20something profile: Amber
College graduation occurred May 7th, 2011. I was drunk. I’d started taking shots of Canadian Hardwood at 8am that morning. I just wanted to get the damn thing over with. Musical theatre — that was my major. At one time, I was 100% sure about that choice. Two years in, I was crying in the bathroom to my father, who attempted to will me towards the date of May 7th, 2011 with his motto: “Just get the damn degree.”
So I got it, and I have three years of life and work experience under my belt since then. What else? Monthly loan payments, but not much else because I’m back living at home. No regrets, because I could easily be living on my own in Chicago right now, financially independent with a 9 to 5 job, but I forewent that option the day I boarded a plane to Europe and decided to stay five months. Self-knowledge? Yes, I have a better sense of what I want and who I want to share it with.
However, along with my greater sense of self, I also seem to have garnered a smaller support system. It seems the closer I get to being fully honest with myself about what I want, the more judgment and unsolicited opinions I get from those around me. I have a few people in my life who get it and support me unwaveringly in following my own agenda. The rest seem to become more fearful with every day that I become more fearless in recognizing my dream of a life with travel, love, family, friends, a creative career, AND personal time. I’m unconventional. I challenge the status quo. It scares them. It’s a good thing.
My greatest piece of “identity capital,” as things stand in my current situation, is my outlook. I am positive. I am self-aware and keep perspective by constantly reminding myself of my own privilege. I don’t believe in worrying. I believe in the effectiveness of not worrying. I am solution-oriented. I pride myself on my moxy to go after what I want and believe that I can “have it all,” no matter what people may say to the contrary.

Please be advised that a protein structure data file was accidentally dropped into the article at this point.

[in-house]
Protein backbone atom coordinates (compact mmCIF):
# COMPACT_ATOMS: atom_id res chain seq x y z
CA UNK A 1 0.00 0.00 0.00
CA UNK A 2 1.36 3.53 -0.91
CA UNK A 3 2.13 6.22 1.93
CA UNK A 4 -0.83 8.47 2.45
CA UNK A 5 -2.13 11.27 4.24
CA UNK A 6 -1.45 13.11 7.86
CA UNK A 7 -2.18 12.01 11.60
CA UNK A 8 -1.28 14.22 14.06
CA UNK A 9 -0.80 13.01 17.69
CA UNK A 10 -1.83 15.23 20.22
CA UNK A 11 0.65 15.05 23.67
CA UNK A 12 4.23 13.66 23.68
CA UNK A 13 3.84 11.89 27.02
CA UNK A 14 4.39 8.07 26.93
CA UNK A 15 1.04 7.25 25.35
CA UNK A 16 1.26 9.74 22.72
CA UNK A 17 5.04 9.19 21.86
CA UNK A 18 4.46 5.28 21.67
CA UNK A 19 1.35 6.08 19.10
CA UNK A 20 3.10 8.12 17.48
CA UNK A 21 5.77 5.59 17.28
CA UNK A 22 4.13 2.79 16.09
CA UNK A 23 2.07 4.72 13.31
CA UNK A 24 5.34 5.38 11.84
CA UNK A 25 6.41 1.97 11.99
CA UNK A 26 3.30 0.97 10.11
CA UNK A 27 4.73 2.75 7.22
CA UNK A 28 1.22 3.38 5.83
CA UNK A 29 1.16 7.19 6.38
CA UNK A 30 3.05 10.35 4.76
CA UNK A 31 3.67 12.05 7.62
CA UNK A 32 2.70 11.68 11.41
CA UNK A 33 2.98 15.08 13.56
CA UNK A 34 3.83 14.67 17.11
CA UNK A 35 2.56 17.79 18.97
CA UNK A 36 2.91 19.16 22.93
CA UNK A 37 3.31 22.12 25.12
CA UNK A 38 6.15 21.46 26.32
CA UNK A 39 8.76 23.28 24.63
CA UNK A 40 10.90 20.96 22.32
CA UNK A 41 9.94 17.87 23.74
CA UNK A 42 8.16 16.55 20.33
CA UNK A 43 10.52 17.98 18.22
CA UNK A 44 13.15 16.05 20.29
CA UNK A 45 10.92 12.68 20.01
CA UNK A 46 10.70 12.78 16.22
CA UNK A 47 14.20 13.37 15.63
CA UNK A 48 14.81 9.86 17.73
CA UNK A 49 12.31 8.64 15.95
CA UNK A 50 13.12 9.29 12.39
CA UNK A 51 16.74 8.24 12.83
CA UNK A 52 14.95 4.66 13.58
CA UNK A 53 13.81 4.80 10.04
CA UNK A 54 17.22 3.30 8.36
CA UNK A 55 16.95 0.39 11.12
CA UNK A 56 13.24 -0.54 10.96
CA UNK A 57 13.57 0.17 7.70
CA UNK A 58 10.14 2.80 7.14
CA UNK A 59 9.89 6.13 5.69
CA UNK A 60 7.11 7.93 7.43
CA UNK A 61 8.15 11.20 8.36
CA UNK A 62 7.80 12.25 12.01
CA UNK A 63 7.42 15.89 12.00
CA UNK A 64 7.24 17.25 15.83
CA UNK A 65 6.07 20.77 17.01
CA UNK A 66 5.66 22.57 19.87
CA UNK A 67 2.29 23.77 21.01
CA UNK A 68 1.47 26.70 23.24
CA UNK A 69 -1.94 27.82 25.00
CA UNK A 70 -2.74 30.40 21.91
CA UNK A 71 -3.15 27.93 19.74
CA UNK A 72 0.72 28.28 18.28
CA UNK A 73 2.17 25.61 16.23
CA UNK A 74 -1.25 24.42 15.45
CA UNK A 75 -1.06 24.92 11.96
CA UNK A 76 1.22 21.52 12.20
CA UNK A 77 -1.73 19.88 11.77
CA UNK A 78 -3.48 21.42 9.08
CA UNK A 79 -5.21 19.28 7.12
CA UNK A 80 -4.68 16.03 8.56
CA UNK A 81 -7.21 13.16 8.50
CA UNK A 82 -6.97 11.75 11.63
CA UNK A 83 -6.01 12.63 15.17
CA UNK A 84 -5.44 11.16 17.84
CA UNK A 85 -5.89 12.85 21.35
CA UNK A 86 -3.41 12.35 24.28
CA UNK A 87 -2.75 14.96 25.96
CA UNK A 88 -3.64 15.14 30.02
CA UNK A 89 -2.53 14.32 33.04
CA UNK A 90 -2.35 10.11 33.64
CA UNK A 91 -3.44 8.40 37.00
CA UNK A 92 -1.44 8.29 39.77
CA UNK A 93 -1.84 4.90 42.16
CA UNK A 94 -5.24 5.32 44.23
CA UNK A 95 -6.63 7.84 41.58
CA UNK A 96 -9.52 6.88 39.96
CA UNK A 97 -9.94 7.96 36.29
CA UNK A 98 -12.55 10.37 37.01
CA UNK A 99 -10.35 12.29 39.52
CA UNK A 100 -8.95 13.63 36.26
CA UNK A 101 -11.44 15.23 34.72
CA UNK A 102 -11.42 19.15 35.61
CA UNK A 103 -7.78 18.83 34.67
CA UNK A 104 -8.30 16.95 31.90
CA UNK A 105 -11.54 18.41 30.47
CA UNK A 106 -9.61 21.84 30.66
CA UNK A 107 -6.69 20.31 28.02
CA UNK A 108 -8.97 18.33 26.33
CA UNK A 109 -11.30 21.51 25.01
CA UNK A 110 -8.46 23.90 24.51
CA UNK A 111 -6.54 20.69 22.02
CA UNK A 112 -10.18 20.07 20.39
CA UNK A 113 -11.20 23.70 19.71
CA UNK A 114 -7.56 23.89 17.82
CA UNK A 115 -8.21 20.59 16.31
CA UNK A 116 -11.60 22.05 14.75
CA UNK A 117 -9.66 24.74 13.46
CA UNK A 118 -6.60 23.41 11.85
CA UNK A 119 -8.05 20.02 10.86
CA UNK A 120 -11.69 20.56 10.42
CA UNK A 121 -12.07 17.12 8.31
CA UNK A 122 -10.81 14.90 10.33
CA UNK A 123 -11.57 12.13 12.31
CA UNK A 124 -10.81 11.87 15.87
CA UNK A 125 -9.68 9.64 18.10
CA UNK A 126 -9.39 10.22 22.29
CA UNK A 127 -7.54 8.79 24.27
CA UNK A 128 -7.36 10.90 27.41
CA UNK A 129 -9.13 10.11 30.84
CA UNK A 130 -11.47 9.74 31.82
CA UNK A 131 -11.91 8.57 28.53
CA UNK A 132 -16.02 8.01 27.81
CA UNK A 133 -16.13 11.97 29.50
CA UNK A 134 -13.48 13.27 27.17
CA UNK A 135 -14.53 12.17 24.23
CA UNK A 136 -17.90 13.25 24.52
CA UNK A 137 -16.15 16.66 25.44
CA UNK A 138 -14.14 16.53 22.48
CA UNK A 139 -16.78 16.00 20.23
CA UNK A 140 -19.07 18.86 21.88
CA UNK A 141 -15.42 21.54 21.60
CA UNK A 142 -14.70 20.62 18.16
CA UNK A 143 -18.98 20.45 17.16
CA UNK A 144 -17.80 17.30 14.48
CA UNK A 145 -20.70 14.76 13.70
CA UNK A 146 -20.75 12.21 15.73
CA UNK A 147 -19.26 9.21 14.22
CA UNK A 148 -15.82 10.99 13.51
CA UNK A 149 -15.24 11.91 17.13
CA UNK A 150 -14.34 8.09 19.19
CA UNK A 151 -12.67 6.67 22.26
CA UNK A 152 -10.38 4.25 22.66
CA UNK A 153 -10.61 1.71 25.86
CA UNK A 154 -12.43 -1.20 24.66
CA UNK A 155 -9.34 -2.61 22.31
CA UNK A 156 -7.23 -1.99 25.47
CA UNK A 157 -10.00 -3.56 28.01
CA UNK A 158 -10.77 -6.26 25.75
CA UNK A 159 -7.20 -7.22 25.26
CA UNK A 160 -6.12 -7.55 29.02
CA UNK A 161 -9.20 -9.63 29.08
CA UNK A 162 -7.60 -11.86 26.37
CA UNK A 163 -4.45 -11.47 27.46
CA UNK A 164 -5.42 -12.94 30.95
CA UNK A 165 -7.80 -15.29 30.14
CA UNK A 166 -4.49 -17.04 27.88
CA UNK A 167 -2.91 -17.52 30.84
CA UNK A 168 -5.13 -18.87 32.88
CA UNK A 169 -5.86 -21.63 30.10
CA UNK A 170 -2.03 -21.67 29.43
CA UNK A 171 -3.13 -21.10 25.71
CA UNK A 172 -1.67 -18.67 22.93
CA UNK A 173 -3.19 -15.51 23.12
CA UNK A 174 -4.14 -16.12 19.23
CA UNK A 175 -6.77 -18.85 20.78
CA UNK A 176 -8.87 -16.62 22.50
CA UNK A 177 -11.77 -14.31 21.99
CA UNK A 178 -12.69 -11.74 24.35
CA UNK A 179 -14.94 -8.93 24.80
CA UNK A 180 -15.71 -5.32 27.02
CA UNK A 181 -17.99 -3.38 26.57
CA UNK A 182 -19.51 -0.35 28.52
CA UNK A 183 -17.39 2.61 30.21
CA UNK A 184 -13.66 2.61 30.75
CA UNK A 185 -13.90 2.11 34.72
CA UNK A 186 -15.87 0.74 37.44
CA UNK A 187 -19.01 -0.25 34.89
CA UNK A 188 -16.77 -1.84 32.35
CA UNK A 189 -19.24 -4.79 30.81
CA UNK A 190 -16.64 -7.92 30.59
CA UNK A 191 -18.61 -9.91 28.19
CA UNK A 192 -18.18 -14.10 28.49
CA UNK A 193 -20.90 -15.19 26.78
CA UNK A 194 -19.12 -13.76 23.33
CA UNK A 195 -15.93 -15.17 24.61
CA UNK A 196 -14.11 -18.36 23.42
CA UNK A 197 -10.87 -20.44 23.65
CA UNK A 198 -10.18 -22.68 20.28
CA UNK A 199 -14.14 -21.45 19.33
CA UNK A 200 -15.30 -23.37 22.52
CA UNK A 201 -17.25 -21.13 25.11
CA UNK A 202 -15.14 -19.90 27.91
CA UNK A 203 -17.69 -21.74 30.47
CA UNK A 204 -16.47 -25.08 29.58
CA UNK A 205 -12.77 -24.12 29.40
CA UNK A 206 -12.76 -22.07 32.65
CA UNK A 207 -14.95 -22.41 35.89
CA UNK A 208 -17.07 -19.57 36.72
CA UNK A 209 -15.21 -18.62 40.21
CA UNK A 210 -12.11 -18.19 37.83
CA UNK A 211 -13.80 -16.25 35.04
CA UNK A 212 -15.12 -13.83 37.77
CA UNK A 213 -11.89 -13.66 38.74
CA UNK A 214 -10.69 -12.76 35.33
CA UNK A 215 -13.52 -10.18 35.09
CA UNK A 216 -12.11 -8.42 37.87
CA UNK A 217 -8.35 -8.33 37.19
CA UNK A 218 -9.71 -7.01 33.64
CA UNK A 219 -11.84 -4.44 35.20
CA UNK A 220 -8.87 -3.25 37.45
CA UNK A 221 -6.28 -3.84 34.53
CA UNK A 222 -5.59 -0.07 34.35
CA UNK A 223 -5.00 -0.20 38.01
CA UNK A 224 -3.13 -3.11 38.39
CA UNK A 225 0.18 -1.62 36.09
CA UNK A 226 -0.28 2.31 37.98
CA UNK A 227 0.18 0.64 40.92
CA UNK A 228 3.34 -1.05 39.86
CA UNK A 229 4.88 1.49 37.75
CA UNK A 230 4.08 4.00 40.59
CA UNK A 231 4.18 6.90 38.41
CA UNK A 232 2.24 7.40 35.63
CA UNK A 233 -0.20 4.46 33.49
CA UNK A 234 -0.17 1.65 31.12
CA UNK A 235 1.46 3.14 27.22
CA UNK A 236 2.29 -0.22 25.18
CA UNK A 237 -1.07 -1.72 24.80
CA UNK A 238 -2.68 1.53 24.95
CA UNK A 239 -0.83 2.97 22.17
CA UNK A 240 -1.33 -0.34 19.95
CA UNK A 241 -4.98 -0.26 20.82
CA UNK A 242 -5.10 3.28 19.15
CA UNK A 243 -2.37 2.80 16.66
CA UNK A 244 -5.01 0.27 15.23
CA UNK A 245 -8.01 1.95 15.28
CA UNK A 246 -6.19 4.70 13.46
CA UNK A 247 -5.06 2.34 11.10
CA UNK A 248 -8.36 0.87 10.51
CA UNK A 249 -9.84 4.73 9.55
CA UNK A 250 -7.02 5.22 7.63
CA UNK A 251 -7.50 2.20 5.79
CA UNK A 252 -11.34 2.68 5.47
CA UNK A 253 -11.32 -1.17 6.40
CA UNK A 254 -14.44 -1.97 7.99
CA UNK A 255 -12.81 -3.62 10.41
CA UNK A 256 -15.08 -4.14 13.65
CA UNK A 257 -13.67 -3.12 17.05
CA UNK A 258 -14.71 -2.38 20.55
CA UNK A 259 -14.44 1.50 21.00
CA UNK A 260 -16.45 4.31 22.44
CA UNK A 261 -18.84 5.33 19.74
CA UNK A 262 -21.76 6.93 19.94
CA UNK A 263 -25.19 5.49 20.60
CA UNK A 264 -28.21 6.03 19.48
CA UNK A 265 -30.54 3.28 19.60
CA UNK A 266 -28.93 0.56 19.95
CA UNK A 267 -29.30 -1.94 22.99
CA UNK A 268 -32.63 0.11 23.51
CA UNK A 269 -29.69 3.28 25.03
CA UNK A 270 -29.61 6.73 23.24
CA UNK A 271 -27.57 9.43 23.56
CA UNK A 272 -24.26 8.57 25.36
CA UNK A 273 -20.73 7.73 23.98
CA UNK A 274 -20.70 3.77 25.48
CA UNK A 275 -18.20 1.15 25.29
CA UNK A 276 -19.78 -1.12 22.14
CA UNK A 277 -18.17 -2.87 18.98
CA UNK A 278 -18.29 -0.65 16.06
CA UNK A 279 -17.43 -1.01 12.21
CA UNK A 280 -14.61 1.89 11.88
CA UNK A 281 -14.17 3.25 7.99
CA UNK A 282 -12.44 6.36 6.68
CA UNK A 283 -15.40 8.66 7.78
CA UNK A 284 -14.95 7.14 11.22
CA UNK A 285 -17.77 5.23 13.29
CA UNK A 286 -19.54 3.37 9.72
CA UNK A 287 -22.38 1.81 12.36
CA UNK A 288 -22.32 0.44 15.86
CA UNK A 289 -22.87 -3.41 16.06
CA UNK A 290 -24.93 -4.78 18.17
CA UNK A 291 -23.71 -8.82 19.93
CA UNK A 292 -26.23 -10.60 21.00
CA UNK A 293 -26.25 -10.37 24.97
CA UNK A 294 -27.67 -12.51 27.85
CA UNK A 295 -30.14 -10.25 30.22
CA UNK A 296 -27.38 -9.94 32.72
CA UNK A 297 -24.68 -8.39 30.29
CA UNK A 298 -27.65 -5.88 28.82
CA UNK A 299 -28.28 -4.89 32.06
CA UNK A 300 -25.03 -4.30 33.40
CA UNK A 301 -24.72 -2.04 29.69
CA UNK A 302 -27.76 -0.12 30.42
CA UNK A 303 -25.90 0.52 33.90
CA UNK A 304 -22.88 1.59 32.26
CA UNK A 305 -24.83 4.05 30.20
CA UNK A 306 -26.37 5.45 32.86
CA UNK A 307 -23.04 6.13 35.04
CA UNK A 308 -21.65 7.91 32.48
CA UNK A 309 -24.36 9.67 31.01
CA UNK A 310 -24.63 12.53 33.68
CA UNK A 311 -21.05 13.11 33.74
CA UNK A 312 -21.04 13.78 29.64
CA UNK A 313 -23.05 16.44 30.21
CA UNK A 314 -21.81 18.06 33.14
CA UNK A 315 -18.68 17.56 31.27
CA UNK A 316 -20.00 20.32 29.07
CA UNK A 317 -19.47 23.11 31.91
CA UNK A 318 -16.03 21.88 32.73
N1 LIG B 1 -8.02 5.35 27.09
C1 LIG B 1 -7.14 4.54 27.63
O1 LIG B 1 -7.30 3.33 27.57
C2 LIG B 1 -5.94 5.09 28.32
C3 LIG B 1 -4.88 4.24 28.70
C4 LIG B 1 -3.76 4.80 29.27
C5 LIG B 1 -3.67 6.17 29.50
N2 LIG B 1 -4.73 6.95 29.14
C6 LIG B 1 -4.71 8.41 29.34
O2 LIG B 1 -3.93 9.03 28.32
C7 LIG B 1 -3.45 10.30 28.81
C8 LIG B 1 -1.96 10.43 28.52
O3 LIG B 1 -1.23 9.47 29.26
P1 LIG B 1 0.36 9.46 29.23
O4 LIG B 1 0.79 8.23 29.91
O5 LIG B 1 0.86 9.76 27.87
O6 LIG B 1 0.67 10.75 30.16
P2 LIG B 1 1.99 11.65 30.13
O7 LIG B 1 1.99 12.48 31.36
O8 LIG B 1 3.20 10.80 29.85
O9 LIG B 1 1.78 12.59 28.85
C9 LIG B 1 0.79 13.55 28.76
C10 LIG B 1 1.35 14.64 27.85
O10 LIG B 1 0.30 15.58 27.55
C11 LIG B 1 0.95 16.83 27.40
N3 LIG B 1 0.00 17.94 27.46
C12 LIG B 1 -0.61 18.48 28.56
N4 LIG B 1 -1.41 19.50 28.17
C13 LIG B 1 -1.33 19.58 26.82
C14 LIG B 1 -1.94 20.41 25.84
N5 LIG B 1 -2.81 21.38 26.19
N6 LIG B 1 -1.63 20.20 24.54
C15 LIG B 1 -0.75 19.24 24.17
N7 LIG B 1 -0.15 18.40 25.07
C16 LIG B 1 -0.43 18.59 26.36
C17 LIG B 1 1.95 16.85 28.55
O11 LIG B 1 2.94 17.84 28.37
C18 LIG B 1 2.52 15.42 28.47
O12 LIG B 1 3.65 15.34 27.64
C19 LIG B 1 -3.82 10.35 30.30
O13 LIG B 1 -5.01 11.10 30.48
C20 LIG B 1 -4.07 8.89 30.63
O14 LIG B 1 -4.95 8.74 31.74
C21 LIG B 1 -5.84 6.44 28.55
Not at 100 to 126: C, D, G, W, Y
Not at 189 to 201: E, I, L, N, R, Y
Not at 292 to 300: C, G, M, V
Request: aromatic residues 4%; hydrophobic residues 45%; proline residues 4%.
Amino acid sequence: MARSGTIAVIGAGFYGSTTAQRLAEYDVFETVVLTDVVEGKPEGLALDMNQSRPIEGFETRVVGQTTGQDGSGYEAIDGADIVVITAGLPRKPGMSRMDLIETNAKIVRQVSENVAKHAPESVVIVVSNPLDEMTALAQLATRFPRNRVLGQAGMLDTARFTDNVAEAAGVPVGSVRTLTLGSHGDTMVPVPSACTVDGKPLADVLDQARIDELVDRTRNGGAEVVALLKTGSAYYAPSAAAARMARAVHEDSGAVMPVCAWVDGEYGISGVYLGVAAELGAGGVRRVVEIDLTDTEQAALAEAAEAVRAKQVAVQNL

And as for my financial status, the greatest thing I’ve learned about money is that it translates to independence, which is something I want in endless quantities. What it doesn’t translate to is self-worth. When I was in Chicago with a salaried job and a savings account in a beautiful Lincoln Park apartment, I was miserable. Because I was ignoring my dream of boarding a plane and seeing the world. My deepest, strongest passion was to do just that, the same as someone might dream of starting a business or having a family or moving to a new city. My dream just happened to be travel and continues to be.
Once I did it, that savings was gone, and I was happier than ever, not because I was broke, but because I’d started living life in the direction I wanted to. Coming back to the States, there were realities to face: loan payments, real jobs, rent costs, an ongoing list…but with the honest pursuit of my true destiny came a new financial mindset as well. Financing my wanderlust is a priority, and when it comes to work, I write — because I love it — and because it is aligned with the liberated lifestyle I desire.
In general, everything seems more attainable since I took that first step towards doing what I want. I am also constantly afraid I’m not trying hard enough or not taking the right steps or going to get stuck…and then I remember how far I’ve already come. That I went from five years of angsty soul searching to five months that changed my life. And I have no choice but to keep heading in the right direction — my direction.